Court Lets Stand Ruling on Cordless Telephone Privacy
WASHINGTON (AP) _ The Supreme Court today let stand a ruling that people have no constitutional ly protected right to privacy when at home speaking on a cordless telephone.
The court, without comment, turned away arguments that law enforcement agents acted unlawfully when, without obtaining a court warrant, they monitored an Iowa family’s cordless-telephone conversations.
Noting that the technology of cordless phones makes conversations on them more susceptible to interception, a federal judge said, ″Because there was no justifiable expectation of privacy, the interceptions did not violate the Fourth Amendment.″
The Constitution’s Fourth Amendment generally bars warrantless police searches and seizures, and since a landmark 1967 Supreme Court decision police have been barred from secretly listening to conversations over traditional phones without court warrants.
The 8th U.S. Circuit Court of Appeals upheld the judge’s ruling in the Iowa case last June 15, making it binding law in seven states - Iowa, Arkansas, Minnesota, Missouri, Nebraska, North Dakota and South Dakota.
Today’s Supreme Court action does not carry any direct impact on any state aside from those seven.
One of every four American homes has a cordless phone, according to industry estimates. Over nine million of the phones were sold in 1989.
The cordless phone relays a speaker’s voice from a mobile handset to a base unit through the use of low-power radio transmissions. From the base unit, the signal is transmitted through regular telephone lines.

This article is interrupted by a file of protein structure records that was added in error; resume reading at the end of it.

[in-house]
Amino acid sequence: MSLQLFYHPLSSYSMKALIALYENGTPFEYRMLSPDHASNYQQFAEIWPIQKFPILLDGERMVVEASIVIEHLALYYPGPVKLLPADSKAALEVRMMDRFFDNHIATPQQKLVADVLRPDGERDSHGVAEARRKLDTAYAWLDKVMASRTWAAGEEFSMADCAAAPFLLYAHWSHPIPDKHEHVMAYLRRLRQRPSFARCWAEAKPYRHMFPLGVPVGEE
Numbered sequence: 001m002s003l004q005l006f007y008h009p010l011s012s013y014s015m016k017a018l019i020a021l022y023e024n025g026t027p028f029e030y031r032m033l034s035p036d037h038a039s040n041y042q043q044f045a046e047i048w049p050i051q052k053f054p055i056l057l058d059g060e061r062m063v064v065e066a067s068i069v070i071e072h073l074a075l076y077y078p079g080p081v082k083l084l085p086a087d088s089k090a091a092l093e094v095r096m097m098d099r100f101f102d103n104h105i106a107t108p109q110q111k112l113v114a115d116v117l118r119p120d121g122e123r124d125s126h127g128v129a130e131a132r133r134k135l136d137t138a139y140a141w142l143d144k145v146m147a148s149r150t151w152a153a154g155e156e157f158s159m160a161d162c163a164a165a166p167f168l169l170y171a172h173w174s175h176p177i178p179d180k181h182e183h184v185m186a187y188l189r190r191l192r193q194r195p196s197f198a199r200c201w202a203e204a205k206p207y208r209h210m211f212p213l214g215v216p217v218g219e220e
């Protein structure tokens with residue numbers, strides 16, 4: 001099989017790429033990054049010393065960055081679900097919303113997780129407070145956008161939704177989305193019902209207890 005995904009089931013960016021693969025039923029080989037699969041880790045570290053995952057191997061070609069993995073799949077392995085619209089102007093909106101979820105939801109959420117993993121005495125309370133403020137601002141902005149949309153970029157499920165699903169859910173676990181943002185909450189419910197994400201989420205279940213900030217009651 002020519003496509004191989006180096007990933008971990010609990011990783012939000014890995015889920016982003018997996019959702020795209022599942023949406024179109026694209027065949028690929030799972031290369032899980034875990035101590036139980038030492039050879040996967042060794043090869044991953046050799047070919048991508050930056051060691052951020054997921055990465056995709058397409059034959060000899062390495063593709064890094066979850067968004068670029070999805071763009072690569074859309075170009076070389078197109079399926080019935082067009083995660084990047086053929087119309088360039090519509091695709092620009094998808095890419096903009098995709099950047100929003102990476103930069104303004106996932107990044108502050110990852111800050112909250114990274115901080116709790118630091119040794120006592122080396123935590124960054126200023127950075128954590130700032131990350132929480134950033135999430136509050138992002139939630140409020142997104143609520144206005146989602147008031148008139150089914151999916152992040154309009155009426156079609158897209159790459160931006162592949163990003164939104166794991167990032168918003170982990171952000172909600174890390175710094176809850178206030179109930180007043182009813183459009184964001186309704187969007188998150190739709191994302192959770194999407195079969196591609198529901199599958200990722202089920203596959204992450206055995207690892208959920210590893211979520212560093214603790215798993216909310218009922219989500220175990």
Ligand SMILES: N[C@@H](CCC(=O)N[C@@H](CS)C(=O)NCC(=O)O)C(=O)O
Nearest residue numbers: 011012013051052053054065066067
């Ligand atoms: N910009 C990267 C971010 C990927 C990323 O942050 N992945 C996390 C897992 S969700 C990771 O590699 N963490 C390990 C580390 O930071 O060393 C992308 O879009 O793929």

The phone can be used anywhere within a certain distance from the base unit, usually a range of up to 700 feet. Conversations on it, however, may be heard by another cordless phone nearby and on the same frequency.
Scott and Sheila Tyler of Dixon, Iowa, received a cordless phone as a gift in June 1983. It was regularly used by the Tylers and their children as another extension phone.
Neighbors Rich and Sandra Berodt, who lived several blocks away, soon discovered that their cordless phone would make ringing and dialing noises whenever the Tyler phone was in use.
Based on some conversations they listened to, the Berodts suspected that Scott Tyler was involved in illegal drug dealing. They contacted Everett Howard, an investigator with the Scott County Sheriff’s Department.
Howard encouraged the Berodts to continue the eavesdropping, and supplied them with recording equipment so conversations on the Tylers’ phone could be preserved on cassettes.
The Berodts’ suspicion about drug-dealing proved unfounded, but over several months authorities relied on the tapes to charge Scott Tyler with criminal theft and conspiracy. The tapes, however, were barred as evidence at his criminal trial.
Tyler was convicted in late 1984 on charges stemming from his bilking two food companies out of $35,000. He was sentenced to 10 years in prison, but was released after serving 123 days.
Tyler and his family later sued the Berodts, Scott County, Sheriff Forest Ashcraft and sheriff’s investigator Howard in federal court.
The lawsuit contended that the warrantless monitoring of the Tyler cordless phone violated the family’s Fourth Amendment privacy rights.
U.S. District Judge Harold D. Vietor in Davenport threw out the suit, and the dismissal was upheld by the 8th Circuit court.
In the appeal acted on today, lawyers for the Tylers said the technological differences between a cordless phone and a traditional phone are not enough ″to remove all Fourth Amendment protection for the daily communications of millions of people.″
″Americans justifiably expect privacy in their residential phone conversations,″ the appeal said. ″That expectation is not based on faith in technology but on faith in our constitutional system.″
The case is Tyler vs. Berodt, 89-691.